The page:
We gathered a few friends and met at the absolutely wonderful Prune to share these wines over dinner. It was fascinating, I must say. First of all, the wines were fantastic - truly great. The wines grew and changed with air and there were many different opinions expressed about which bottles were showing best. And this makes sense, because everyone has their own particular fancy regarding the age at which a wine should be drunk.

I loved Nº 22 for its sheer vivacity, its pure deliciousness, it's lovely combination of power and delicacy. And then comparing it to Nº 16 (a wine that I didn't love when I drank it over a year ago), it was possible to see that Nº 22 is actually not as open and expressive as Nº 16 is today. Nº 16 was the Manzanilla that most people felt was in the best place for drinking, and I loved it too. But I must say, it was Nº 8 that took my breath away. The nose was entirely different from the other two wines, showing a preserved lemon aspect, curry powder, and hints of tropical fruit. It was entirely graceful and elegant, and I thought it was just beautiful. Some people felt that the palate was not as expressive, that the promise of the nose didn't quite carry through. That is probably so, but I found the nose so enthralling that if forced to drink only one of those wines again this year, I would choose Nº 8.

And by the way, one of the very best wine and food pairings of my life was these three Manzanillas with Prune's grilled shrimp with anchovy butter. Bliss.

Things were not quite as scientific with the Amontillados, because although they do come from the same solera, Nº 23 is a "Bota NO", a wine from one very special barrel within the solera. The cellar master might discover a barrel that shows a particularly special character and write "NO" on the barrel, meaning "do not blend this one." So, Nº 9 probably has wine from the barrel that Nº 23 came from, but the reverse is not true - Nº 23 comes from only one barrel in the solera. Nº 9 was regal with dark and burnished aromas and flavors, smooth and classy, very harmonious. It is a wine that seemed to me like it was in a perfect place for drinking. Nº 23 was more intense, a bit more muscular, and definitely felt more dense on the palate than Nº 9. I'm not sure if this is about bottle age or about the fact that they are different wines. In either case, it was a compelling Sherry, its hints at fig-like fruit encased in layers of pungent flavors, like walnuts, coffee, and even caramel.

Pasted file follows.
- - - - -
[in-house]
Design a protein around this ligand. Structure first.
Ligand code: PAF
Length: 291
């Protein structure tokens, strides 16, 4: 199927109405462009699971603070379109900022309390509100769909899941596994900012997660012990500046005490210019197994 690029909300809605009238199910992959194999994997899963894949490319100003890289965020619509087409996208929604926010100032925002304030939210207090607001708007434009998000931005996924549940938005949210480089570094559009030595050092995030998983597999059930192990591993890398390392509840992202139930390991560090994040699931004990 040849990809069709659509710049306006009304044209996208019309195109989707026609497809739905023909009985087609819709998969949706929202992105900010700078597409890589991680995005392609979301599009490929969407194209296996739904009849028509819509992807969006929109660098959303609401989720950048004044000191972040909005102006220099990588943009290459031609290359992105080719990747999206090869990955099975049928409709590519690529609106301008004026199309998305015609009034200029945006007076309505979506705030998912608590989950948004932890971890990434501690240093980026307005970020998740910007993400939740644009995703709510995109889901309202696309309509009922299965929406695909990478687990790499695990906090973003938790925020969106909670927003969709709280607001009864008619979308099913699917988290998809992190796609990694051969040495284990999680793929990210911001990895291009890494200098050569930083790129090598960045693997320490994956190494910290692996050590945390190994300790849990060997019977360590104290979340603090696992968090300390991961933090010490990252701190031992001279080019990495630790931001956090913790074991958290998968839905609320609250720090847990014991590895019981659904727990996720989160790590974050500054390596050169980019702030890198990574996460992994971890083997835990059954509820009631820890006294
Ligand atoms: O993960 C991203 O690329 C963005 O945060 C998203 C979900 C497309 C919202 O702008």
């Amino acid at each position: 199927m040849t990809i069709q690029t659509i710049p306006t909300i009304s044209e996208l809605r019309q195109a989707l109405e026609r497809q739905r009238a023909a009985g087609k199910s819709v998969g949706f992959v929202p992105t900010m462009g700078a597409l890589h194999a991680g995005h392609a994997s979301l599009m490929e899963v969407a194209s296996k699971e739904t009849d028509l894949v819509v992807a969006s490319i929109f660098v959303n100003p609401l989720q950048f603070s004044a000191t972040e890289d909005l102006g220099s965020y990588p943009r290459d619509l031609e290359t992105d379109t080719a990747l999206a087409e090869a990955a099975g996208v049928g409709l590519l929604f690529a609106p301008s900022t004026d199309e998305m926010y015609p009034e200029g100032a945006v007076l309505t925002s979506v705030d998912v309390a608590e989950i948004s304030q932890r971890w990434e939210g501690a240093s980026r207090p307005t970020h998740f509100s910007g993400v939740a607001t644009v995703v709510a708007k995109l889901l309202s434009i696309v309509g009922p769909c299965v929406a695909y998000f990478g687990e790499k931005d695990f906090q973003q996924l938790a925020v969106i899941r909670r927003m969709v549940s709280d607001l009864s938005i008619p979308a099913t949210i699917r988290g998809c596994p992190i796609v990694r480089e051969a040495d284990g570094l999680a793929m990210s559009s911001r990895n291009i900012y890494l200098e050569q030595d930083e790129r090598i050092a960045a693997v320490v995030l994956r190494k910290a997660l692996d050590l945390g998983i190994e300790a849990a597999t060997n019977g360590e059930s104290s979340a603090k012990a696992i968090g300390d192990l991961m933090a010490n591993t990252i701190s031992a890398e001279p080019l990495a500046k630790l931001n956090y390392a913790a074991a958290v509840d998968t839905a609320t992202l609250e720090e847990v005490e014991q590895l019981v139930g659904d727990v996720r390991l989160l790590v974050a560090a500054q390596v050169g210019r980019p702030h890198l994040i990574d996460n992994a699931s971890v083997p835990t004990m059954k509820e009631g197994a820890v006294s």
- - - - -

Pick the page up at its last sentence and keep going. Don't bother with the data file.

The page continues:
And I am convinced that Amontillado Sherry is a great match for robust meat dishes, like the hunk of a lamb blade chop at Prune.

This was a great experience, an evening of good friends and real learning about wine. And I am committed now to putting away a few bottles of Fino and Manzanilla.


Mark Anisman said...

silly question : do you store the sherry lying down or standing up? i have bought a few from Chris at CSW.

thanks, Mark

Brooklynguy said...

hi Mark - i store mine laying down, but i don;t really know what i'm doing. ask Chris, I would say.

Mark Anisman said...

thanks! Mark

Do Bianchi said...

great post, man... another classic that will become a stand-alone reference for sure...

Peter Liem said...

A friend of mine just bought three bottles of Valdespino Inocente for me from the local distributor in Portland, Oregon. It turns out that they were bottled at the end of 2008 — needless to say, I'm thrilled about that. It does raise the question, though: where have these bottles been since that time, and how have they been stored?

Annie B said...

I'm lucky to live very close to Jerez and am becoming more and more obsessed by Sherry. Your article here is just brilliant. I loved it. Thank you. Any chance of the recipe for the Gambas con Anchoas?

Henry Jeffreys said...

This is a very interesting article. I've always wondered why sherry shouldn't be bottle aged. After my grandfather died we found a bottle of Williams & Humbert Dry Sack in his cellar. It was at least 20 years old. It tasted really good - very mellow and nutty.